Aeschines, Speeches (English) (XML Header) [genre: prose; rhetoric] [word count] [Aeschin.].
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2.30

And I showed that, wronged as you were, you maintained your friendly attitude; for I told how, when you had conquered Perdiccas in the war, under the generalship of Callisthenes, you made a truce with him, ever expecting to receive some just return. And I tried to remove the ill feeling that was connected with this affair by showing that it was not the truce with Perdiccas that led the people to put Callisthenes to death, but other causes. And again I did not hesitate to complain of Philip himself, blaming him for having taken up in his turn the war against our state.

2.31

As proof of all my statements, I offered the letters of the persons in question, the decrees of the people, and Callisthenes' treaty of truce. Now the facts about our original acquisition both of the district and of the place called Ennea Hodoi, [Note] and the story of the sons of Theseus, one of whom, Acamas, is said to have received this district as the dowry of his wife—all this was fitting to the occasion then, and was given with the utmost exactness, but now I suppose I must be brief; but those proofs which rested, not on the ancient legends, but on occurrences of our own time, these also I called to mind.

2.32

For at a congress [Note] of the Lacedaemonian allies and the other Greeks, in which Amyntas, the father of Philip, being entitled to a seat, was represented by a delegate whose vote was absolutely under his control, he joined the other Greeks in voting to help Athens to recover possession of Amphipolis. As proof of this I presented from the public records the resolution of the Greek congress and the names of those who voted.

2.33

“Now,” said I, “a claim which Amyntas renounced in the presence of all the Greeks, and that not by words alone, but by his vote, that claim you his son have no right to advance. But if you argue that it is right for you to keep the place because you took it in war, if it is true that it was a war against us in which you took the city, you do hold it justly, by right of conquest; but if it was from the Amphipolitans that you took a city which belonged to the Athenians, it is not the property of the Amphipolitans that you are holding, but territory of Athens.” [Note]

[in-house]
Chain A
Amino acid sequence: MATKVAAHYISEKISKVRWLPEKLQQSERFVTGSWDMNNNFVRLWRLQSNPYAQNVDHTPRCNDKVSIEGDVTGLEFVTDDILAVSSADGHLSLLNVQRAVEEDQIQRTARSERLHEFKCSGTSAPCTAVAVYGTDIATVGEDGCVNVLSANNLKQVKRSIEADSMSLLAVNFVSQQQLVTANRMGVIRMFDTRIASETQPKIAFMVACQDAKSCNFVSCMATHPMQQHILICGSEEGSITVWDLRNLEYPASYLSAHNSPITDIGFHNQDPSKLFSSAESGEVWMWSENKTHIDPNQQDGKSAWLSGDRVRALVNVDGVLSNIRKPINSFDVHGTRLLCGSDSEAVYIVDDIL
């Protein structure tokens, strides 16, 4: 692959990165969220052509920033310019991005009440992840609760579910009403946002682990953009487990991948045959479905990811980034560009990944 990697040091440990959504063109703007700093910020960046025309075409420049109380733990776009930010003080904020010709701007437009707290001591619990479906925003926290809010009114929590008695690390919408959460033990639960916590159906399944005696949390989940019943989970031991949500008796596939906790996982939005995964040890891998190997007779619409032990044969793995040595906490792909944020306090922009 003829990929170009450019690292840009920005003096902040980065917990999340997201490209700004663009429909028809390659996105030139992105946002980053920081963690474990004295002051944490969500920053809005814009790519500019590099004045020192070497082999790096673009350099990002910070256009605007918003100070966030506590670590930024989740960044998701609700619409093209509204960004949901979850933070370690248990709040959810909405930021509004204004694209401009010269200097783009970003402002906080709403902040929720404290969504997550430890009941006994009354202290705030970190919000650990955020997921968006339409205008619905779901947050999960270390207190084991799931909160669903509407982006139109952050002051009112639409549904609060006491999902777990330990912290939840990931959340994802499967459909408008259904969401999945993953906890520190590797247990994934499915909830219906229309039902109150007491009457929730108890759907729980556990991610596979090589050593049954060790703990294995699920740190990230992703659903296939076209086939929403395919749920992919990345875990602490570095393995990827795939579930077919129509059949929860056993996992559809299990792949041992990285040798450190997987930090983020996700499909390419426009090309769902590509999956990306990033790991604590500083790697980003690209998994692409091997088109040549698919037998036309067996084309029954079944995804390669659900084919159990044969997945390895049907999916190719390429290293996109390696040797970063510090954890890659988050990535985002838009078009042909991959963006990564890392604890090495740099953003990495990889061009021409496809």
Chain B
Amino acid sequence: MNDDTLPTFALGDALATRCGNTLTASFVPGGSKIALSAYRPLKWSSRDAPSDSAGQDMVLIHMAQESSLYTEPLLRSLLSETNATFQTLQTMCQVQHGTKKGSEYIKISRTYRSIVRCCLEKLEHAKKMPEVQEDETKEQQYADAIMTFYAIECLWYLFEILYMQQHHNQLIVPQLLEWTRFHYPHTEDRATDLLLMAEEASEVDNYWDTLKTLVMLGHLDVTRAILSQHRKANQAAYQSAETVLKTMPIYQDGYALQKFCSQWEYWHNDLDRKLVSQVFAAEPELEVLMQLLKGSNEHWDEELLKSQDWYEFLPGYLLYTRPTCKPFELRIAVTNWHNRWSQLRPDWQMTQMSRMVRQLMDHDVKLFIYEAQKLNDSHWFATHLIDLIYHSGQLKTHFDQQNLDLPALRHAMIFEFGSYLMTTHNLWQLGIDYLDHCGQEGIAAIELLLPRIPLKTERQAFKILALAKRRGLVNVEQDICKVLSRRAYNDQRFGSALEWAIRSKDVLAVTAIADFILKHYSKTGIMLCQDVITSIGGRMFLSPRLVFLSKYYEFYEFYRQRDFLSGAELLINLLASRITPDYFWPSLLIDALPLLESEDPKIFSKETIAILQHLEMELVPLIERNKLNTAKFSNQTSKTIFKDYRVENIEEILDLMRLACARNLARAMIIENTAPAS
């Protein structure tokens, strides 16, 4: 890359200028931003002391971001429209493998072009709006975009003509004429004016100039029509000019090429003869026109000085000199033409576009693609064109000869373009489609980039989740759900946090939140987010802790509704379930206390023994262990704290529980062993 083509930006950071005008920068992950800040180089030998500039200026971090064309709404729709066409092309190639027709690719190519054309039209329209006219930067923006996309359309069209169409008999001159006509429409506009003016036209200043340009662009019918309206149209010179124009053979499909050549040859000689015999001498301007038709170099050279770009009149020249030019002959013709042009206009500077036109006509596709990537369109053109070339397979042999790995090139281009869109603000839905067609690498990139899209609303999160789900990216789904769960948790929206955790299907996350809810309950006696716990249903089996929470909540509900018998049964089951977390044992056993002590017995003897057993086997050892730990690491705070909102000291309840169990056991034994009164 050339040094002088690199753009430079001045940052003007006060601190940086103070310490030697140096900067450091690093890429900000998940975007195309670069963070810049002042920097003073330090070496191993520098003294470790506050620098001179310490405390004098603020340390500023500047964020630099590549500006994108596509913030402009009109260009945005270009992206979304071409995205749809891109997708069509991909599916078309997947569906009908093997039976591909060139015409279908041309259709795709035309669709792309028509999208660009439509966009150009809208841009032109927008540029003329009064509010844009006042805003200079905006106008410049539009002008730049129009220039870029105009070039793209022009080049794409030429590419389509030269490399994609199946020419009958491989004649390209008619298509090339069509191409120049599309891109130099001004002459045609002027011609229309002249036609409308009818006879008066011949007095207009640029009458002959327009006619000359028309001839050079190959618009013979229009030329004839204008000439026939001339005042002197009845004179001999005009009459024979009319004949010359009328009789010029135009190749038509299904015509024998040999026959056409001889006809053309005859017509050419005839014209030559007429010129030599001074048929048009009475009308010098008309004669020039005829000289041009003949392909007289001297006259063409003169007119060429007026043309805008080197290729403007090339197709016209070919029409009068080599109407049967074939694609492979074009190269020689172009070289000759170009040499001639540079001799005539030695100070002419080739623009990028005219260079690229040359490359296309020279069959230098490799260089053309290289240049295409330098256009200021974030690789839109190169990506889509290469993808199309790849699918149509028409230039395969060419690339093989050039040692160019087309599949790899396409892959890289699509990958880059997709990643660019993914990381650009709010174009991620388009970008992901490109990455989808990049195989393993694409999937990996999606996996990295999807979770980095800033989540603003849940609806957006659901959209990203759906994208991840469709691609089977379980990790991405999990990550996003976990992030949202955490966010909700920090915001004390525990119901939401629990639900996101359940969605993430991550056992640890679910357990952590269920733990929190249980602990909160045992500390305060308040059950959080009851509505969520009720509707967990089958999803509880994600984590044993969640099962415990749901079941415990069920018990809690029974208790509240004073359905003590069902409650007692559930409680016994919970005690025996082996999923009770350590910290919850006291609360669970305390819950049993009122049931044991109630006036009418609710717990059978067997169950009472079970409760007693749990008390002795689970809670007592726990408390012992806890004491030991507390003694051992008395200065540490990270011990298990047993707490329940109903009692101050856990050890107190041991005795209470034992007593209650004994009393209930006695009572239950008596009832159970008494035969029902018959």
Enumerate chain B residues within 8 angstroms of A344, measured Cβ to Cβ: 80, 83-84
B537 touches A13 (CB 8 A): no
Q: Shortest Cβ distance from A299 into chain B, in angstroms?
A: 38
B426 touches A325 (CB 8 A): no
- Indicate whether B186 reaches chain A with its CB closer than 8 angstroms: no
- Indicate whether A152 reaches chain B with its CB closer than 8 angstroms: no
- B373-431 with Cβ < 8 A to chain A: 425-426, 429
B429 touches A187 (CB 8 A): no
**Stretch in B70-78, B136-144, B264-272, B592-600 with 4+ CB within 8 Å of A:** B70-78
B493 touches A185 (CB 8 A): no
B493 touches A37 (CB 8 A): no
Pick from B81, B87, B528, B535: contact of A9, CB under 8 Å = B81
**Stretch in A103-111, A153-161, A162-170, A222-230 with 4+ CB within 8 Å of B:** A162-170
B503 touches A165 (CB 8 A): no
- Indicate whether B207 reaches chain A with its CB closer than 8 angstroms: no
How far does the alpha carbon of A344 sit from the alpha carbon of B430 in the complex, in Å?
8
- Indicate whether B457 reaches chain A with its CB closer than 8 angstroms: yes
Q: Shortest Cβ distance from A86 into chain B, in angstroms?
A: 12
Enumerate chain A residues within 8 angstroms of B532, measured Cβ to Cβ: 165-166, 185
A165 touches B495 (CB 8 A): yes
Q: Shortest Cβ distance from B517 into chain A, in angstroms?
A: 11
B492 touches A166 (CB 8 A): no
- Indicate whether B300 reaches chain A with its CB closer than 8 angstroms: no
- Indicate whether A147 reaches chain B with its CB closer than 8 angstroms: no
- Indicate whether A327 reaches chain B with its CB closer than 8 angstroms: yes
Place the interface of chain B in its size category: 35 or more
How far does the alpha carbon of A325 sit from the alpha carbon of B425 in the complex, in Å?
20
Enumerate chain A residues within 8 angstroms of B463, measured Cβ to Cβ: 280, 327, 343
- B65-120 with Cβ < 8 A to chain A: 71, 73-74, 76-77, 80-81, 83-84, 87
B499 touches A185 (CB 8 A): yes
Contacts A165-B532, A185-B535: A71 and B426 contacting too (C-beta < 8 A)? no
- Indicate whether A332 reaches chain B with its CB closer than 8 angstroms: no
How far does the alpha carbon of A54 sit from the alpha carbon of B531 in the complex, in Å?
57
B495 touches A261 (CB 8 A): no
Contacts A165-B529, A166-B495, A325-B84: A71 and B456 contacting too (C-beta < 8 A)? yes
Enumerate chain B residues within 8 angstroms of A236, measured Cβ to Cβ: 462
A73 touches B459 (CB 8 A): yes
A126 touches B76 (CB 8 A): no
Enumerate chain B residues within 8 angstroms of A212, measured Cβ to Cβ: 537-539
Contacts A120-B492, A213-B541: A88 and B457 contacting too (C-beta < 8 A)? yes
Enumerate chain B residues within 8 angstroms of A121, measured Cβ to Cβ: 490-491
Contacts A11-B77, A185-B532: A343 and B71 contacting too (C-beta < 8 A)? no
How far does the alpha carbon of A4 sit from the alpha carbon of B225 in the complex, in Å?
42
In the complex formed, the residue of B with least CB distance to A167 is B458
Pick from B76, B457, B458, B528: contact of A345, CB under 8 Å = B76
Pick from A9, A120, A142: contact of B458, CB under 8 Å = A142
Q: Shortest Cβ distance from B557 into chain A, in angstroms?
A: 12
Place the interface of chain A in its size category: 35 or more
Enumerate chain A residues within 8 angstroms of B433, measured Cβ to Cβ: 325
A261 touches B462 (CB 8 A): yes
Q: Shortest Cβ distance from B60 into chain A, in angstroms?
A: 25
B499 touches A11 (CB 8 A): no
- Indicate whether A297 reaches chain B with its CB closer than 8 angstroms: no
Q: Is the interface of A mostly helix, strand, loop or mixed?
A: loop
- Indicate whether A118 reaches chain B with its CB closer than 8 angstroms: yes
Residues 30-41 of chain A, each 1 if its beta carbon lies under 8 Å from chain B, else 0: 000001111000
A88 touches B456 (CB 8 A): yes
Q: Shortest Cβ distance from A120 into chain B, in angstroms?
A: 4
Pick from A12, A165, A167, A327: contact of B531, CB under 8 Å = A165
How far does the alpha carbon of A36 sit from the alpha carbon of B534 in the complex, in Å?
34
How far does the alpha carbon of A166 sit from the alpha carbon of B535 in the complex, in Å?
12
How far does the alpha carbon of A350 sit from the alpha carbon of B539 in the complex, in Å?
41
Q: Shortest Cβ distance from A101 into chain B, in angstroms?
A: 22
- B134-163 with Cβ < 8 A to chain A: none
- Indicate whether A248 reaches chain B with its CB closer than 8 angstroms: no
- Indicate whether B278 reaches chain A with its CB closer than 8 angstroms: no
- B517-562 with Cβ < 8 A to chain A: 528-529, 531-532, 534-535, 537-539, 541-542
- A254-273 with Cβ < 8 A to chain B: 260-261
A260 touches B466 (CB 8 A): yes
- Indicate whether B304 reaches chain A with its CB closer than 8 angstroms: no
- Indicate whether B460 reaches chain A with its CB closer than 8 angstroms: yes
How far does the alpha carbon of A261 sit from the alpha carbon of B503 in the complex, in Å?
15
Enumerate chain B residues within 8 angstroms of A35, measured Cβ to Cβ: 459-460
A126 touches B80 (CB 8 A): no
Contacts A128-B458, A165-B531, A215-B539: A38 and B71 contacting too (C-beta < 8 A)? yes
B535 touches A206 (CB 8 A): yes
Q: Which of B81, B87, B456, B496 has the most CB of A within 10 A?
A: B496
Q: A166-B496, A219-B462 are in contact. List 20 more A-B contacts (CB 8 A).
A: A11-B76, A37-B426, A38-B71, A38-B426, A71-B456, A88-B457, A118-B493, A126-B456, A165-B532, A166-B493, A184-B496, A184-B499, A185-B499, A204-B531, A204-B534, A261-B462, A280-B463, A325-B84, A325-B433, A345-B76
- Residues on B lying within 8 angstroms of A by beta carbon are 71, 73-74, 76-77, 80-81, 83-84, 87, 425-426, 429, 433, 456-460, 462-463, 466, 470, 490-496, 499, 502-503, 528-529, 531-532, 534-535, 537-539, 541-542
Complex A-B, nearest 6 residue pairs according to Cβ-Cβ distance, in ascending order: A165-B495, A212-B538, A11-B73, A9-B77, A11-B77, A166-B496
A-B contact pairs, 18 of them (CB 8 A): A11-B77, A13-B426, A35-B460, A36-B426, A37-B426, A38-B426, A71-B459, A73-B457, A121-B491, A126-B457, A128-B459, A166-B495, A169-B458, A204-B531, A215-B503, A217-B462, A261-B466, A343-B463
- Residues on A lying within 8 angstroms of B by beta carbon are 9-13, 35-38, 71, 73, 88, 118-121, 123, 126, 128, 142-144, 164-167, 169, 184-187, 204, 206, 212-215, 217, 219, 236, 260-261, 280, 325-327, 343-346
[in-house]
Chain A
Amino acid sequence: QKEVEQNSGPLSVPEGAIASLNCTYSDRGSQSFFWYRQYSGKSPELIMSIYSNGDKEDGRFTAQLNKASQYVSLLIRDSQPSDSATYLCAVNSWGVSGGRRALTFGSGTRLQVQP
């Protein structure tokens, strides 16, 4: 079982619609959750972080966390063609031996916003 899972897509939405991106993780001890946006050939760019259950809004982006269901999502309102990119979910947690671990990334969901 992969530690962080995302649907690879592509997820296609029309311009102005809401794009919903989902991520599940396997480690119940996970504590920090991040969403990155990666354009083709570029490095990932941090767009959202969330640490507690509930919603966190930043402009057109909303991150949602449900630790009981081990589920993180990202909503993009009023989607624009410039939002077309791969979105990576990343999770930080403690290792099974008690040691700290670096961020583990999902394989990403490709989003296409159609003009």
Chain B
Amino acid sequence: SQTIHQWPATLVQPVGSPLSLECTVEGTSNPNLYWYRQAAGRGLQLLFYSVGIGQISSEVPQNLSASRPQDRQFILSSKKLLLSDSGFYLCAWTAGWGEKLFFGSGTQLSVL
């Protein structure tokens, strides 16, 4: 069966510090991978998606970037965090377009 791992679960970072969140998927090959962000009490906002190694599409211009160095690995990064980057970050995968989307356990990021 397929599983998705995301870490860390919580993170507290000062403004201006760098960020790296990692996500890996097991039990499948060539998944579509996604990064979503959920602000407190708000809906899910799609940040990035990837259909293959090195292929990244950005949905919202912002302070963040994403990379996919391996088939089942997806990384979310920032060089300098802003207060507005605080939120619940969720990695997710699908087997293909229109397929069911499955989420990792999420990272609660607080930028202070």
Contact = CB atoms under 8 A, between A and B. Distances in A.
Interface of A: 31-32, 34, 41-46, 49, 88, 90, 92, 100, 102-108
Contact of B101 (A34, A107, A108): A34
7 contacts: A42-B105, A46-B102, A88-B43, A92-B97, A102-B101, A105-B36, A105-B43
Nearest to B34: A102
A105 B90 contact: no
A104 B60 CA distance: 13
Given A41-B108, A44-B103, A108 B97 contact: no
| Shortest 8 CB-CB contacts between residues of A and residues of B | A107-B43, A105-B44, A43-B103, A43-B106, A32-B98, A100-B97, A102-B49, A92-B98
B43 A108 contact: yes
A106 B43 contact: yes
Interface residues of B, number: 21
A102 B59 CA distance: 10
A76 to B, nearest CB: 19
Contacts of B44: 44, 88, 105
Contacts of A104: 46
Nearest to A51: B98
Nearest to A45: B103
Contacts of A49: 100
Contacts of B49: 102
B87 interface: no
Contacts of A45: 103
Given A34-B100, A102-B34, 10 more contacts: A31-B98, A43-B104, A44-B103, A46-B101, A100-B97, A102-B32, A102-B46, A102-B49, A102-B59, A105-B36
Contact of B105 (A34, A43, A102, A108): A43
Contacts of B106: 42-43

2.34

Now when I had said this and more beside, at last came Demosthenes' turn to speak. All were intent, expecting to hear a masterpiece of eloquence. For, as we learned afterwards, his extravagant boasting had been reported to Philip and his court. So when all were thus prepared to listen, this creature mouthed forth a proem—an obscure sort of thing and as dead as fright could make it; and getting on a little way into the subject he suddenly stopped speaking and stood helpless; finally he collapsed completely.

2.35

Philip saw his plight and bade him take courage, and not to think, as though he were an actor on the stage, that his collapse was an irreparable calamity, but to keep cool and try gradually to recall his speech, and speak it off as he had prepared it. But he, having been once upset, and having forgotten what he had written, was unable to recover himself; nay, on making a second attempt, he broke down again. Silence followed; then the herald bade us withdraw.

2.36

Now when we were by ourselves, our worthy colleague Demosthenes put on an exceedingly sour face and declared that I had ruined the city and the allies. And when not only I, but all the rest of the ambassadors were amazed, and asked him his reason for saying that, he asked me if I had forgotten the situation at Athens, and if I did not remember that the people were worn out and exceedingly anxious for peace.

2.37

“Or does your confidence rest,” said he, “on those fifty ships that have been voted but are never going to be manned? You have so exasperated Philip by the speech you have made that the effect of it could not possibly be to make peace out of war, but implacable war out of peace!” I was just beginning to answer him, when the attendants summoned us.

2.38

When we had come in and taken our seats, Philip began at the beginning and undertook to make some sort of answer to every argument which we had advanced. Naturally he dwelt especially on my argument, for I think I may fairly say that I had omitted nothing that could be said; and again and again he mentioned my name in the course of his argument. But in reply to Demosthenes, who had made such a laughing.stock of himself, not one word was said on a single point, I believe. And you may be sure that this was pain and anguish to him.



Aeschines, Speeches (English) (XML Header) [genre: prose; rhetoric] [word count] [Aeschin.].
<<Aeschin. 2.25 Aeschin. 2.33 (Greek) >>Aeschin. 2.43

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